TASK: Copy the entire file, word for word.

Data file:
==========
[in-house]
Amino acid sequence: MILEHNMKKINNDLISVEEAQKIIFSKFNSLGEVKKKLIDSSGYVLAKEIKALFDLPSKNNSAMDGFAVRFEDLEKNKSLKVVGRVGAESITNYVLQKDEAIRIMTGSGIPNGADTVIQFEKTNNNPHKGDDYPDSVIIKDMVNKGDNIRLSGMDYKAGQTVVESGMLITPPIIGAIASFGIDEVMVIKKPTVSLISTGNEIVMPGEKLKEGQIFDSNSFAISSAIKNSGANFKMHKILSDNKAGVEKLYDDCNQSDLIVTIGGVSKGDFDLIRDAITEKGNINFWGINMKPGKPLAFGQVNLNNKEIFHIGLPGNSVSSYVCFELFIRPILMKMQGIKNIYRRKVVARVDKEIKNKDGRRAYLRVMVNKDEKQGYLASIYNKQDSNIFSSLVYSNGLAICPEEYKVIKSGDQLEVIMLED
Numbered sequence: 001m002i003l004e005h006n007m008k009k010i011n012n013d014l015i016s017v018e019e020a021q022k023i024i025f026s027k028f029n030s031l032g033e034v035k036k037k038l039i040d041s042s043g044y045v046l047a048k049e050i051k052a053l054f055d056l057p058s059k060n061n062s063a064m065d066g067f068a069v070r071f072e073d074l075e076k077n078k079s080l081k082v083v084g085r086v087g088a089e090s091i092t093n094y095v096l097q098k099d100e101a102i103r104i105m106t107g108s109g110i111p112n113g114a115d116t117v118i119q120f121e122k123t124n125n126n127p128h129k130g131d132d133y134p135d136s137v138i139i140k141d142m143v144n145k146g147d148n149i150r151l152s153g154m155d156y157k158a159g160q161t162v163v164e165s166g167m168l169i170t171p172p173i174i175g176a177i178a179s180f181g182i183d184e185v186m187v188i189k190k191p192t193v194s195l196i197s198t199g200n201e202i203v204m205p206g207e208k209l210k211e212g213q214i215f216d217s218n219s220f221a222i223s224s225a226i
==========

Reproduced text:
[in-house]
Amino acid sequence: MILEHNMKKINNDLISVEEAQKIIFSKFNSLGEVKKKLIDSSGYVLAKEIKALFDLPSKNNSAMDGFAVRFEDLEKNKSLKVVGRVGAESITNYVLQKDEAIRIMTGSGIPNGADTVIQFEKTNNNPHKGDDYPDSVIIKDMVNKGDNIRLSGMDYKAGQTVVESGMLITPPIIGAIASFGIDEVMVIKKPTVSLISTGNEIVMPGEKLKEGQIFDSNSFAISSAIKNSGANFKMHKILSDNKAGVEKLYDDCNQSDLIVTIGGVSKGDFDLIRDAITEKGNINFWGINMKPGKPLAFGQVNLNNKEIFHIGLPGNSVSSYVCFELFIRPILMKMQGIKNIYRRKVVARVDKEIKNKDGRRAYLRVMVNKDEKQGYLASIYNKQDSNIFSSLVYSNGLAICPEEYKVIKSGDQLEVIMLED
Numbered sequence: 001m002i003l004e005h006n007m008k009k010i011n012n013d014l015i016s017v018e019e020a021q022k023i024i025f026s027k028f029n030s031l032g033e034v035k036k037k038l039i040d041s042s043g044y045v046l047a048k049e050i051k052a053l054f055d056l057p058s059k060n061n062s063a064m065d066g067f068a069v070r071f072e073d074l075e076k077n078k079s080l081k082v083v084g085r086v087g088a089e090s091i092t093n094y095v096l097q098k099d100e101a102i103r104i105m106t107g108s109g110i111p112n113g114a115d116t117v118i119q120f121e122k123t124n125n126n127p128h129k130g131d132d133y134p135d136s137v138i139i140k141d142m143v144n145k146g147d148n149i150r151l152s153g154m155d156y157k158a159g160q161t162v163v164e165s166g167m168l169i170t171p172p173i174i175g176a177i178a179s180f181g182i183d184e185v186m187v188i189k190k191p192t193v194s195l196i197s198t199g200n201e202i203v204m205p206g207e208k209l210k211e212g213q214i215f216d217s218n219s220f221a222i223s224s225a226i